Many medical specialties focus on certain organs or systems, like the cardiovascular system, the nervous system, or the digestive systems. Dermatologists specialize in treating the largest organ of the body: the skin. This branch of medicine, which is among the highest-paying medical-specialties out there, is concerned with conditions of the skin, as well as the hair and nails. All in all, dermatologists treat more than 3,000 different medical conditions, the American Academy of Dermatology Association reported. Those conditions range from the purely cosmetic to potentially life-threatening skin cancers and encompass everything in between.
What the Skin Shows Us About Health
IMAGE SOURCE: Pixabay, public domain
Doctors use many different technologies and procedures, from X-rays and ultrasounds to endoscopes, to study the internal organs of the human body. Unlike most other organs, the skin is readily accessible for medical examination without the need for invasive testing equipment. A close, careful look at a patient’s skin can tell a dermatologist a lot.
When a specific problem is what brings a patient to the dermatologist’s office, the issue is often an inflammatory skin disorder. Rosacea, a condition characterized by facial redness, is one such condition that affects an estimated 16 million Americans, according to the National Rosacea Society. Another common problem is eczema, also known as atopic dermatitis, a condition of dry and itchy skin that can become severe enough to cause intense discomfort that impacts your life. Eczema impacts more than 30 million people in the United States, according to the National Eczema Association. Even more common is acne, breakouts of whiteheads, blackheads and other varieties of pimples that affect 50 million Americans, including up to 87 percent of teens, Healthline reported. Dermatologists treat all of these common conditions, as well as many more skin disorders.
Like other organs, skin can also develop cancer, or uncontrolled growth of abnormal cells and tissue. Screening for, diagnosing and treating skin cancer is an important part of the field of dermatology. Patients may come to a dermatologist because of unusual skin changes, or the physician may observe concerning growths or changes during a routine screening examination. There are different varieties of skin cancer, some of which grow quickly and others of which grow slowly. Skin cancers are often able to be removed completely by a dermatologist, especially when found before they spread.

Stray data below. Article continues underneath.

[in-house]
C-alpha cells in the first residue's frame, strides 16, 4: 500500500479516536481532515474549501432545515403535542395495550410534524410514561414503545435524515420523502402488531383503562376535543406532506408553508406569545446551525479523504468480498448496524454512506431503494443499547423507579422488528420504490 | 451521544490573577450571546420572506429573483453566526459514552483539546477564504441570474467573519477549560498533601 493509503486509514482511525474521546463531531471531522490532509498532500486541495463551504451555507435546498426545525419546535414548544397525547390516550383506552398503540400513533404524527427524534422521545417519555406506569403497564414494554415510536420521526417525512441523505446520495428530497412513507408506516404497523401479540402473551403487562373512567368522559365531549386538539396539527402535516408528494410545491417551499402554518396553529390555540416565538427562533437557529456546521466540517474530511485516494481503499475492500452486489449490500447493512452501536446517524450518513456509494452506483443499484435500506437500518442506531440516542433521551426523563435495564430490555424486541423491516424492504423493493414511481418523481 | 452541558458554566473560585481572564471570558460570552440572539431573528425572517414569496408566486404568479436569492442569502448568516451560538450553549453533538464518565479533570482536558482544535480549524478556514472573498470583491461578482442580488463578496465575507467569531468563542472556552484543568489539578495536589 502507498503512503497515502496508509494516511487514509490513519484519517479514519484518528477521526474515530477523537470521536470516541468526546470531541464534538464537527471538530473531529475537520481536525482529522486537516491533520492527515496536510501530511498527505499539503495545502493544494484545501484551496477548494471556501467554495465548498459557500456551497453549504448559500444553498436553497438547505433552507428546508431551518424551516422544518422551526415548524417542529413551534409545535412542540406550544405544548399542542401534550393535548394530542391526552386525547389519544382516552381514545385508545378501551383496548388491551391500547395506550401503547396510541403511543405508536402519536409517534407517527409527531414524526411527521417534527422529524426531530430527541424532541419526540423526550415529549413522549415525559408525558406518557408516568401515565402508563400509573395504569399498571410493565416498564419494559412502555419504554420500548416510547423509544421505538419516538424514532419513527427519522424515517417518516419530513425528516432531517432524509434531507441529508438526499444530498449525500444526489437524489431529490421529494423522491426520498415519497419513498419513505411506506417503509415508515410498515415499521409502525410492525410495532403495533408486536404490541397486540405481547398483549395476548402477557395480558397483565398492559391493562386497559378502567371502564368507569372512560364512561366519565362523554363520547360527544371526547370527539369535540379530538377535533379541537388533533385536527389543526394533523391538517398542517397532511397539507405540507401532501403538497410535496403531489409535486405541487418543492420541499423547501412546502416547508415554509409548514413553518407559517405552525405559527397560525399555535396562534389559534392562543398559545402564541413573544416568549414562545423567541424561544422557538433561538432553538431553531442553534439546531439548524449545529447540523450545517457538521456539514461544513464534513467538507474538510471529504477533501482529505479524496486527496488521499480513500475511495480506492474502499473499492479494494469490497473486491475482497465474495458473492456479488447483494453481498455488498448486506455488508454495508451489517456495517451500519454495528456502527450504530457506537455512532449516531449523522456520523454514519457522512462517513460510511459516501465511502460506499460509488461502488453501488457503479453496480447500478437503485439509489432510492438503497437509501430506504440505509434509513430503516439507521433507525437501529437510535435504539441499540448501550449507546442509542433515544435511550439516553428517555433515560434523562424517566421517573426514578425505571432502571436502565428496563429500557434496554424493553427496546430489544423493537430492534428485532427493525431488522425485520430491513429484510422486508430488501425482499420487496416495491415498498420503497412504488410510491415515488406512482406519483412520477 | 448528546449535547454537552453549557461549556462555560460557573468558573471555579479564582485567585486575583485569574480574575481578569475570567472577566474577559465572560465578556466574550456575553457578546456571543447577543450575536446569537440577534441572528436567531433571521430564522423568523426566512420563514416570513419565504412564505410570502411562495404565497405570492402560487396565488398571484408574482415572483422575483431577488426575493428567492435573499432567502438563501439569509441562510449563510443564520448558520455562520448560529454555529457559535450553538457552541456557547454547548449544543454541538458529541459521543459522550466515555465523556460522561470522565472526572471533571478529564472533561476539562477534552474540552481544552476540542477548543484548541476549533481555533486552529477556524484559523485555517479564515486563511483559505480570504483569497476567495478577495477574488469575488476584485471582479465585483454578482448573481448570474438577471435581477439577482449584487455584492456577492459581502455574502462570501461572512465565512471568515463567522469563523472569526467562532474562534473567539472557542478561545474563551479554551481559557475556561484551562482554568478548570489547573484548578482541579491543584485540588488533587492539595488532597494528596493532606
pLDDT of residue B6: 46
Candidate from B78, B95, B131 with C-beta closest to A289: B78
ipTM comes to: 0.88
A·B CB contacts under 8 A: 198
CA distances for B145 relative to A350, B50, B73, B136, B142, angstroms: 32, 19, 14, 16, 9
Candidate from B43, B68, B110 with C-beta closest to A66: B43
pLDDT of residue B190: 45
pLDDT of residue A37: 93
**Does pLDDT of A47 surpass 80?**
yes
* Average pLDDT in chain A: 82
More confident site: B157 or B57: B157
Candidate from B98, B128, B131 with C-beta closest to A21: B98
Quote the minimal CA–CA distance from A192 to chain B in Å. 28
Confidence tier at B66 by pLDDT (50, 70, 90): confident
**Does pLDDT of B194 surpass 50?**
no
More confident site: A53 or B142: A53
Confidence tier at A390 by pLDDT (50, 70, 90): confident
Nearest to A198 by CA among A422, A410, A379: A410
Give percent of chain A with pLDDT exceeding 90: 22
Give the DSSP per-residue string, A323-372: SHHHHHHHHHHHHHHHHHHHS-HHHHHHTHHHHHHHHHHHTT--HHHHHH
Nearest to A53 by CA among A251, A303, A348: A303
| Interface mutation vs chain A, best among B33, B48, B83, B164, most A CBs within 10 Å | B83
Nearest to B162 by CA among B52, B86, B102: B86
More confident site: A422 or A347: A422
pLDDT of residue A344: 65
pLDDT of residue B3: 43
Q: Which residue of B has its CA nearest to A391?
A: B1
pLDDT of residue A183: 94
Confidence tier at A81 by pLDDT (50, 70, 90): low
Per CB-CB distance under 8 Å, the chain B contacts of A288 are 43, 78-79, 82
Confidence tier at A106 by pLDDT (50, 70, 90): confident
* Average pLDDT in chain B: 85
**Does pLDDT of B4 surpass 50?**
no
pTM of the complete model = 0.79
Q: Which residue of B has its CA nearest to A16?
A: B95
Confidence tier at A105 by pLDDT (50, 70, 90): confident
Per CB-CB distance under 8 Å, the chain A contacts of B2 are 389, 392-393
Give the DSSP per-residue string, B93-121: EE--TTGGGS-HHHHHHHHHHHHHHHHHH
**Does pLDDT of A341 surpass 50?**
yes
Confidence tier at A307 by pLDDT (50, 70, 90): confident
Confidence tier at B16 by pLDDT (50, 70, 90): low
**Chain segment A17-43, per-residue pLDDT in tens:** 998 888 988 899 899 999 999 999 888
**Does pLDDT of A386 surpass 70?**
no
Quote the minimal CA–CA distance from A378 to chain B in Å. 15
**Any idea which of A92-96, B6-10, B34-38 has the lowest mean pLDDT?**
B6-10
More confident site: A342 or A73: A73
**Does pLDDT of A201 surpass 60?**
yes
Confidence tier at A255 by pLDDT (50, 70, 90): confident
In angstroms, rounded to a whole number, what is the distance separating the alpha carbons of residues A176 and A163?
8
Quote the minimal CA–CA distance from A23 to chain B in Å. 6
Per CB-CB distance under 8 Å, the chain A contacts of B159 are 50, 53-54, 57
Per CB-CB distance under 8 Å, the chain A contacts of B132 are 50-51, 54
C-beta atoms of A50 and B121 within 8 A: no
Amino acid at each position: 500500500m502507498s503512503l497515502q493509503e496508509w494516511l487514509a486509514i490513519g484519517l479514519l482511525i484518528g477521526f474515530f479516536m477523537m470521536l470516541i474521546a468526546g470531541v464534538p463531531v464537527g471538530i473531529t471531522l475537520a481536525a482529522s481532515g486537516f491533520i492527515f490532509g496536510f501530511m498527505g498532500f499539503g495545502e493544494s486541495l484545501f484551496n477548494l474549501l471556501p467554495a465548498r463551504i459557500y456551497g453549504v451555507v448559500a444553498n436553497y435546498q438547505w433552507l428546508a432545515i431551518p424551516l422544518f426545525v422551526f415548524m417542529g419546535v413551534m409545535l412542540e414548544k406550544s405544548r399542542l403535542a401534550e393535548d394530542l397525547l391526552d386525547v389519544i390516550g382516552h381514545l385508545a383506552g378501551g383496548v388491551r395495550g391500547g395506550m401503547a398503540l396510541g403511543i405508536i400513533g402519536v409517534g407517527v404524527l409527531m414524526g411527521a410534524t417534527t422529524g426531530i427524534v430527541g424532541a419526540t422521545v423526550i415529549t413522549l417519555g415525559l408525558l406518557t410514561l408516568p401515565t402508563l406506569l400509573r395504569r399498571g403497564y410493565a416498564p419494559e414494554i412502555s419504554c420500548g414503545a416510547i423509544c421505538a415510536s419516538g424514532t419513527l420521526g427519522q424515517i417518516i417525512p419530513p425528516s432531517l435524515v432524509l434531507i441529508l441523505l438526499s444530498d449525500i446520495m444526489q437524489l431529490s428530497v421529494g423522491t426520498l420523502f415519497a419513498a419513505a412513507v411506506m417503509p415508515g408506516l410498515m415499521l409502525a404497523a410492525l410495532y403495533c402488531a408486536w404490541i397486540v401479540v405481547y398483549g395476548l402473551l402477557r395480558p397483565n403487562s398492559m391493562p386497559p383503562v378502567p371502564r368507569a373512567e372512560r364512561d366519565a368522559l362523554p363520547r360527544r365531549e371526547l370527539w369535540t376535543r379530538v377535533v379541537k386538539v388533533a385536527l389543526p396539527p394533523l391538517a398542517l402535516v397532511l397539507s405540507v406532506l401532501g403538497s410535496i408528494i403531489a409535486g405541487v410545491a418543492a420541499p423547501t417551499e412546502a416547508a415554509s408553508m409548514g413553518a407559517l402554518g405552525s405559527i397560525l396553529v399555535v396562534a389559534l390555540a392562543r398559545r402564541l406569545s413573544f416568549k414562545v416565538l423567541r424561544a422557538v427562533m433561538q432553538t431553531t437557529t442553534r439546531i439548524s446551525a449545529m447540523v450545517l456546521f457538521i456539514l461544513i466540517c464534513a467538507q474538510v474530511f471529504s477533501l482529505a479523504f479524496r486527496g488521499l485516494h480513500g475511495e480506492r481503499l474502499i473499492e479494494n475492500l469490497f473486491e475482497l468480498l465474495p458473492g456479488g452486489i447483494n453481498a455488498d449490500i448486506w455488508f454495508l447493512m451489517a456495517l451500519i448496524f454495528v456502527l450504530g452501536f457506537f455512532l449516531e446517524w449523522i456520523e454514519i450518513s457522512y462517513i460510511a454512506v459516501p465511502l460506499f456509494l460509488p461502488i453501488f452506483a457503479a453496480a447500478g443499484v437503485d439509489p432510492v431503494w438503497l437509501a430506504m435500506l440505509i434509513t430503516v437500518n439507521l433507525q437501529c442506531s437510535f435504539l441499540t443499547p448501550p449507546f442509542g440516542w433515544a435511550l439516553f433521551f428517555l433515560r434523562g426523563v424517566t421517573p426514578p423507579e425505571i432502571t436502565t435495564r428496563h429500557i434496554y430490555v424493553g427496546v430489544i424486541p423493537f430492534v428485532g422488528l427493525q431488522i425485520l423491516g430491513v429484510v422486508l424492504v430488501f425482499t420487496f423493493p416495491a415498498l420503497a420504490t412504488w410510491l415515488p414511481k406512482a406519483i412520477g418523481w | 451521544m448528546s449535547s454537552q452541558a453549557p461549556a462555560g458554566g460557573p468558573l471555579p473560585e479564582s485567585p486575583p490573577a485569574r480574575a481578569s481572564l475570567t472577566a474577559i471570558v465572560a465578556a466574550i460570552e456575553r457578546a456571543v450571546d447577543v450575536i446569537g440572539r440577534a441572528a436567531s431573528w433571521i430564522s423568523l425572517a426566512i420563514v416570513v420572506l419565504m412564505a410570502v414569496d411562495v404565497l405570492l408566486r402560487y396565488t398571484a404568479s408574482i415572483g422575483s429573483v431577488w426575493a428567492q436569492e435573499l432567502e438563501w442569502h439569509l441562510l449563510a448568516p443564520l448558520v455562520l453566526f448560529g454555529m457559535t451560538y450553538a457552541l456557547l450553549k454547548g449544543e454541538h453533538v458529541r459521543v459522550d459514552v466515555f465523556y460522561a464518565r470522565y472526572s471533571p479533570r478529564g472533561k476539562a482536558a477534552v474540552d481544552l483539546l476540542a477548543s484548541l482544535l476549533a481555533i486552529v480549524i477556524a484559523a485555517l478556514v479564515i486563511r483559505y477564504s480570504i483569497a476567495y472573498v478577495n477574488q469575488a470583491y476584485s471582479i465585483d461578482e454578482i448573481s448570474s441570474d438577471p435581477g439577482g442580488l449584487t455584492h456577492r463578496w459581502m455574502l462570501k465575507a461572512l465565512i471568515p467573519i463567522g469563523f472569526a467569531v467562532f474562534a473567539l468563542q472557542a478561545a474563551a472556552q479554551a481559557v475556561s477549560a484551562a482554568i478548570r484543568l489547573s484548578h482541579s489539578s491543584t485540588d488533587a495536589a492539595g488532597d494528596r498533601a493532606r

Inflammatory skin disorders and skin cancer may reflect only a condition of the skin itself, but dermatologic symptoms may also give a glimpse into what’s going on inside the body. Many systemic conditions, like diabetes and even some forms of non-skin cancer, can cause patients to develop rashes or other skin changes and symptoms.
Most dermatological consults begin with a physical exam in which the doctor looks closely at the skin, but procedures like biopsies may be needed to determine with more certainty what a growth is. Other tests, like blood tests, can assist in diagnosing non-skin disorders.
Subspecialties of Dermatology
If a particular specialty within dermatology appeals to you, you may choose to focus on it as a subspecialty of your practice. For example, if you find it rewarding to screen for and treat skin cancer – potentially saving patients’ lives – then you might specialize in dermatologic oncology. Perhaps you enjoy the laboratory work of looking at specimens under a microscope and determining what they are. In that case, dermatopathology may be a fitting subspecialty to pursue.
Another major area of specialty is cosmetic dermatology. Although the field of cosmetic dermatology doesn’t have a specialty training program accredited by the Accreditation Council for Graduate Medical Education, it is a popular field among both patients and practitioners.
What cosmetic dermatologists find particularly fulfilling about their work is being able to help people whose cosmetic skin problems, like scars from burns or other injuries, make them feel self-conscious and reduce their quality of life, the American Medical Association reported. Of course, a patient doesn’t need to have suffered a trauma to seek out cosmetic dermatology. Whether you’re injecting Botox into the skin to reduce wrinkles or using high-tech lasers to achieve permanent hair removal, your work in cosmetic dermatology is likely to do more than make your patient look better. It may make them feel more confident, present themselves better to the world and achieve more success in the things that matter to them.
Dermatologists can treat patients of all ages, but some dermatologists choose to focus on a certain age group. Pediatric dermatologists treat skin disorders in children, while geriatric dermatologists focus on the skin of aging adults, usually over age 65.
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